Mrs. Buckner has not been able to contact Burton since that time. She has received no payments from him since December 1983 and has not been able to locate her funds. After learning of Burton's disappearance, Mrs. Buckner obtained a judgment against him in state court for $50,000.

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In early 1982, Burton represented Mrs. Thweatt in connection with the estate of her husband. Between January 6 and March 18, 1982, Mrs. Thweatt entrusted over $140,000 with Burton, for which he executed seven demand notes. Mrs. Thweatt's agreement with Burton was substantially the same as Mrs. Buckner's. Burton made monthly payments to Mrs. Thweatt as her share of the interest.


On January 6, 1984, Burton paid a visit to Mrs. Thweatt at her home, and she gave him a written demand for the return of her money by January 11. Burton replied that he would try to get her money for her. Mrs. Thweatt testified that because Burton was moving his office she thought he would be too far away for communication. Mrs. Thweatt has had no further contact with Burton since that time. On January 9, counsel for Mrs. Thweatt hand delivered to Burton's residence a letter demanding return of Mrs. Thweatt's funds by January 12. On January 20, 1984, Mrs. Thweatt filed an action against Burton in state court which resulted in a judgment against Burton for $140,000.


On January 9, 1984, Burton went to Colorado to visit a gold mining company in which he had invested.1 Around January 12, during a telephone conversation, Burton's wife informed him that Mrs. Thweatt's counsel had written to demand her funds. Burton dictated a letter that he would be in Colorado until the 17th and that payment would be made to Mrs. Thweatt on January 18. On January 18, Burton again spoke to his wife by telephone from Colorado. He told her that he would be home late the following evening. Nothing has been heard from Burton since he talked with his wife on January 18, 1984. The parties have stipulated that Burton's business records do not disclose what became of the claimants' funds.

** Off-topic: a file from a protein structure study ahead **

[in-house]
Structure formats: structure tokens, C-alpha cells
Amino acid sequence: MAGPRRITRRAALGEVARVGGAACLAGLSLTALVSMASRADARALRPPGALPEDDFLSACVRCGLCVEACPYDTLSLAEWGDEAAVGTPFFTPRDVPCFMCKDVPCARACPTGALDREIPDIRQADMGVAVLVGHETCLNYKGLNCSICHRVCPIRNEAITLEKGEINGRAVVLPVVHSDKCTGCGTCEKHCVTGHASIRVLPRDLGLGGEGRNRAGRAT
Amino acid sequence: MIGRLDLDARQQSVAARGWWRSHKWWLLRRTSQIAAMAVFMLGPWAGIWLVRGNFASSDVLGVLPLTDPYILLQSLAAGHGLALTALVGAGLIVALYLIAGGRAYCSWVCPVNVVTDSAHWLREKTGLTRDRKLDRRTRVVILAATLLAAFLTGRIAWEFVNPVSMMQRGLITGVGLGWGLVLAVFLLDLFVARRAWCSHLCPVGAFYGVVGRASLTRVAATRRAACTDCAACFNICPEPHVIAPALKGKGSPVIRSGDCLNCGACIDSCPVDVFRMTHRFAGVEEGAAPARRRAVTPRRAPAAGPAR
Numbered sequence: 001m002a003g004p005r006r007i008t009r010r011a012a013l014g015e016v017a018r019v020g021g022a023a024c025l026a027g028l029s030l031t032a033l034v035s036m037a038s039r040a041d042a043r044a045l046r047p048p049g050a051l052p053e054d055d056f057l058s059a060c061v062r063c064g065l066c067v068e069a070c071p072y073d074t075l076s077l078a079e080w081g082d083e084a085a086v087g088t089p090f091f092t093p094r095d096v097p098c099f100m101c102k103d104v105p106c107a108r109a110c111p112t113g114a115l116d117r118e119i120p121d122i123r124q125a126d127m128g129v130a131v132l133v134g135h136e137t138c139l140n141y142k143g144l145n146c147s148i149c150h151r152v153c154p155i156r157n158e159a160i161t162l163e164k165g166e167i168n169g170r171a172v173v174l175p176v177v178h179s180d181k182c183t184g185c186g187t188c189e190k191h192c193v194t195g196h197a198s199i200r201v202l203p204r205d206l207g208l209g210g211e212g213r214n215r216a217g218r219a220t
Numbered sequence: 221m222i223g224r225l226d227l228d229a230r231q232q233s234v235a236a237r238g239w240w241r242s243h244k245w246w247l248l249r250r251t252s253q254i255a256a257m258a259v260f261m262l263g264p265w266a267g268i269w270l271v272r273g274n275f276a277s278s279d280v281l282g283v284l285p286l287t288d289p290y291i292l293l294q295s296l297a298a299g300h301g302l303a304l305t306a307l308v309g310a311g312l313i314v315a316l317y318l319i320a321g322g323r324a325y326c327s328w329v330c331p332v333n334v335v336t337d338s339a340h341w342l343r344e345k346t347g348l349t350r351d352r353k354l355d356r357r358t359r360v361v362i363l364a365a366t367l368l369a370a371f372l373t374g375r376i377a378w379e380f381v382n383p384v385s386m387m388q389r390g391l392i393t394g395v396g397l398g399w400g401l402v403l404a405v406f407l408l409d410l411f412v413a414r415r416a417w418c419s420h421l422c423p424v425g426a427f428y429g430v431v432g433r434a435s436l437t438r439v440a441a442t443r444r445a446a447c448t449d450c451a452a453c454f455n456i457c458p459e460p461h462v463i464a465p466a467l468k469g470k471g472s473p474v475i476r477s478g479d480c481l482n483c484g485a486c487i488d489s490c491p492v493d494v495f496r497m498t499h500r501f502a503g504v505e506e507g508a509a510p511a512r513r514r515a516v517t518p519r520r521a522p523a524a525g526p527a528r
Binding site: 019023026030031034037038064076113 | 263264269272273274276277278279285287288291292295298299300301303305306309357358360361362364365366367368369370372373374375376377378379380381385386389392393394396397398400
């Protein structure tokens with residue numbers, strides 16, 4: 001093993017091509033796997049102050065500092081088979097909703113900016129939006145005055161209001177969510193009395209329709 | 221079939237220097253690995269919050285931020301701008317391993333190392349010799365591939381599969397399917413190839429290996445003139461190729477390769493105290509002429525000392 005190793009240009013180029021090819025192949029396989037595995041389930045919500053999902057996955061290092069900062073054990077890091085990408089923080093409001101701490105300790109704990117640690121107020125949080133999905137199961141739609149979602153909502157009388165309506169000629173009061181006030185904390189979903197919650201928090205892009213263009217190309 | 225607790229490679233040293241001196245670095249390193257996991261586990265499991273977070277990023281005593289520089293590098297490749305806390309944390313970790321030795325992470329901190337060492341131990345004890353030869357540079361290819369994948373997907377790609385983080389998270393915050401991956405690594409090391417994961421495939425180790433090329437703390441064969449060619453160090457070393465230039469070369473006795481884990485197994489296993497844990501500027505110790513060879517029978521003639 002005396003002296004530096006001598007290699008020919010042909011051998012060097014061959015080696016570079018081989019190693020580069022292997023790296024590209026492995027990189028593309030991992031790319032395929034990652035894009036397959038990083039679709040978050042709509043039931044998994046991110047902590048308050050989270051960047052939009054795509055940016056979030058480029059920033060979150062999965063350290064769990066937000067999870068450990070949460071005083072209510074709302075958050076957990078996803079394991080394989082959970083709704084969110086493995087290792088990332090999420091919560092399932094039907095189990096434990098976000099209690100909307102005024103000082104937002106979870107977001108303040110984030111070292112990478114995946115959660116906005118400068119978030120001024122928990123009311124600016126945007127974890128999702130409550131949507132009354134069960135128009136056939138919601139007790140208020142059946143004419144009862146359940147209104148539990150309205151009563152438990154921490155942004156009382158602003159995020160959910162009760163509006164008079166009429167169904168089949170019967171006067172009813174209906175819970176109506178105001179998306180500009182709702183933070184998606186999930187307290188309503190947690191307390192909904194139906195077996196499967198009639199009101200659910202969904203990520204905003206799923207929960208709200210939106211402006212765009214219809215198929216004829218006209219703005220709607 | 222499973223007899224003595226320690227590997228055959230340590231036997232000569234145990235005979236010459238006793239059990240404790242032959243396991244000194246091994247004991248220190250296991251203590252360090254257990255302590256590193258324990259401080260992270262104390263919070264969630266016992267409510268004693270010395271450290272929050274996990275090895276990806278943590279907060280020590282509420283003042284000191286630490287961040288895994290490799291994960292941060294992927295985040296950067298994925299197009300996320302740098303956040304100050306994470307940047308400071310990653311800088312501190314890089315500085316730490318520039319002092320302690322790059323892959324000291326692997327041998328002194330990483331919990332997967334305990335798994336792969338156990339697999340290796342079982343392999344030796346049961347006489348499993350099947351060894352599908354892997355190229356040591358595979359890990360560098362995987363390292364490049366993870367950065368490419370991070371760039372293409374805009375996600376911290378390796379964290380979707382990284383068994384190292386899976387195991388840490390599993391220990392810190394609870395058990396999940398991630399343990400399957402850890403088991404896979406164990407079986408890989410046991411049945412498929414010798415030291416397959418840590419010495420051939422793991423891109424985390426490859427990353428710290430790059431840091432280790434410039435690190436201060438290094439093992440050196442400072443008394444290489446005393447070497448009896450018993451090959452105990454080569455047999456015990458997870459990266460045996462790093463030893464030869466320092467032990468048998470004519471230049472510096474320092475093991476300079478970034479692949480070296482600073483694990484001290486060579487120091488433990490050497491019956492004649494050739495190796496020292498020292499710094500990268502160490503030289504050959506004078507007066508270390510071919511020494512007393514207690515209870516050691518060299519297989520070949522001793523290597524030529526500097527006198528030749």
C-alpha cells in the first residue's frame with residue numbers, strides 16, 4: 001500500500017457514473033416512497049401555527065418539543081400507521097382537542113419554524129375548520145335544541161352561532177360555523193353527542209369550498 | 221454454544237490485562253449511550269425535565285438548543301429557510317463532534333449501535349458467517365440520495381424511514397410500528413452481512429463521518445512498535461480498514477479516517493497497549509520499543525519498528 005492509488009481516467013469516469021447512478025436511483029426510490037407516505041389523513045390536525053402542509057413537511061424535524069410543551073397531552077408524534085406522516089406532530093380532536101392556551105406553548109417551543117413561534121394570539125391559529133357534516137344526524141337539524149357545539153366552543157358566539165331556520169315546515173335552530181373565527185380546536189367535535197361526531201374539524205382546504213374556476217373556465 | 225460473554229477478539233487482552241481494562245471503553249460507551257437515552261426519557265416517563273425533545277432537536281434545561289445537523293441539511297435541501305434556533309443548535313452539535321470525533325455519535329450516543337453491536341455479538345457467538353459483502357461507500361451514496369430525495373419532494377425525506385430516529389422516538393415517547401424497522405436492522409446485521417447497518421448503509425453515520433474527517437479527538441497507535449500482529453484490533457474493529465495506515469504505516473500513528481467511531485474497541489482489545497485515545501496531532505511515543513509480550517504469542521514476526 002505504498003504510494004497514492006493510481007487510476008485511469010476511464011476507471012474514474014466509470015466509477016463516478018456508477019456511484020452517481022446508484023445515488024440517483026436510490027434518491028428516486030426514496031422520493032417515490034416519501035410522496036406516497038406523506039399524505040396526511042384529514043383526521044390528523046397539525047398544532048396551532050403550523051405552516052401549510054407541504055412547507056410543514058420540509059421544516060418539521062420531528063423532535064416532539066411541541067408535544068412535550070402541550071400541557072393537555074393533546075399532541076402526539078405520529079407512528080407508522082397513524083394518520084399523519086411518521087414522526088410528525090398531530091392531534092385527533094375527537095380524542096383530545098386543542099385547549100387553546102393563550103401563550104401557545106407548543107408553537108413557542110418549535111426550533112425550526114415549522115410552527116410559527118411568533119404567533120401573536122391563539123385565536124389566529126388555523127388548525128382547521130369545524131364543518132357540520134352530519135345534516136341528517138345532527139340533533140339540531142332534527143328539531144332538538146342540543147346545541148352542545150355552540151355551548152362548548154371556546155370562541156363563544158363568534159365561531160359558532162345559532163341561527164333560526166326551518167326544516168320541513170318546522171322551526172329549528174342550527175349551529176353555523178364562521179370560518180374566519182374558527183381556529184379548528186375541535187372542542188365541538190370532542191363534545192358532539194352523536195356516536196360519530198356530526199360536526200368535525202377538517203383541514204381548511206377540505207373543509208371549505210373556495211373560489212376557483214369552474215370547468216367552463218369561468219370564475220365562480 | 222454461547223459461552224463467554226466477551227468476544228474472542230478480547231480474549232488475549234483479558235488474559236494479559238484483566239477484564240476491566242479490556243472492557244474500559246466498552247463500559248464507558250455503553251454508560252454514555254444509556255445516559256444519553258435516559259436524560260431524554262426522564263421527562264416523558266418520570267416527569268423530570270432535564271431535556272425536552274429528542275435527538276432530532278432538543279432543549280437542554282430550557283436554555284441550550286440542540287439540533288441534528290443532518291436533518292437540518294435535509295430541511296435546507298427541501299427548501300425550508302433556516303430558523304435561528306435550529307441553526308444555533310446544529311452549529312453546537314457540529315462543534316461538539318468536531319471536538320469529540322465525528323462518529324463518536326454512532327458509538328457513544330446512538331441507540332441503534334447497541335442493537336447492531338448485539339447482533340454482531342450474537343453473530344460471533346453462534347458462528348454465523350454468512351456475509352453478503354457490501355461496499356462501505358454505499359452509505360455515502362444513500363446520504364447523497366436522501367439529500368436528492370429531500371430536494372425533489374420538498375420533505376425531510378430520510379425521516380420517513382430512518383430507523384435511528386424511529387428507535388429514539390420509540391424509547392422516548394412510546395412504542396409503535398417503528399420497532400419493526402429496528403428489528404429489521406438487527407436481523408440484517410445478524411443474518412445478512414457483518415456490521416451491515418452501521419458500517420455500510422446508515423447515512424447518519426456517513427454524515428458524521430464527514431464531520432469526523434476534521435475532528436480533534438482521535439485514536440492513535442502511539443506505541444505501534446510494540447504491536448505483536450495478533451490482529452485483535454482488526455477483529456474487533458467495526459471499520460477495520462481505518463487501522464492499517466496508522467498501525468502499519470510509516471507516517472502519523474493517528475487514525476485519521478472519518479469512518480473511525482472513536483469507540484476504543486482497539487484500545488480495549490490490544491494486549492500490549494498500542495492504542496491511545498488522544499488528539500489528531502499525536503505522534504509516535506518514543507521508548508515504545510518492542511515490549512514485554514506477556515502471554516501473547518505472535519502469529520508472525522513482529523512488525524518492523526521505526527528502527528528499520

Following Burton's disappearance, the Virginia State Bar Disciplinary Board conducted a hearing on charges of misconduct by Burton relating to Mrs. Thweatt and Mrs. Buckner. Burton did not appear to answer the charges, and there is no evidence that he personally received notice of the proceedings. The Disciplinary Board found that he had violated various rules of the Virginia Code of Professional Responsibility and revoked his license to practice law. Mrs. Buckner filed a claim with the Client Security Fund of the Virginia State Bar charging Burton with fraudulent or dishonest acts. Administrators of the fund have not yet decided her claim. Burton has also been indicted, but not on complaint of Mrs. Buckner or Mrs. Thweatt.



Continental contends that the losses suffered by Mrs. Buckner and Mrs. Thweatt were not caused by the performance of "professional services" within the meaning of Burton's insurance policy. The policy obligates the company:


To pay on behalf of the insured all sums which the insured shall become legally obligated to pay as damages:


1. arising from the performance of professional services for others in the insured's capacity as a lawyer, real estate title insurance agent or notary public ...


When the insured acts as an administrator, conservator, executor, guardian, trustee, receiver or in any other similar fiduciary activity, any act or omission committed by the insured in such capacity shall be deemed to have been committed during the performance of the insured's professional services....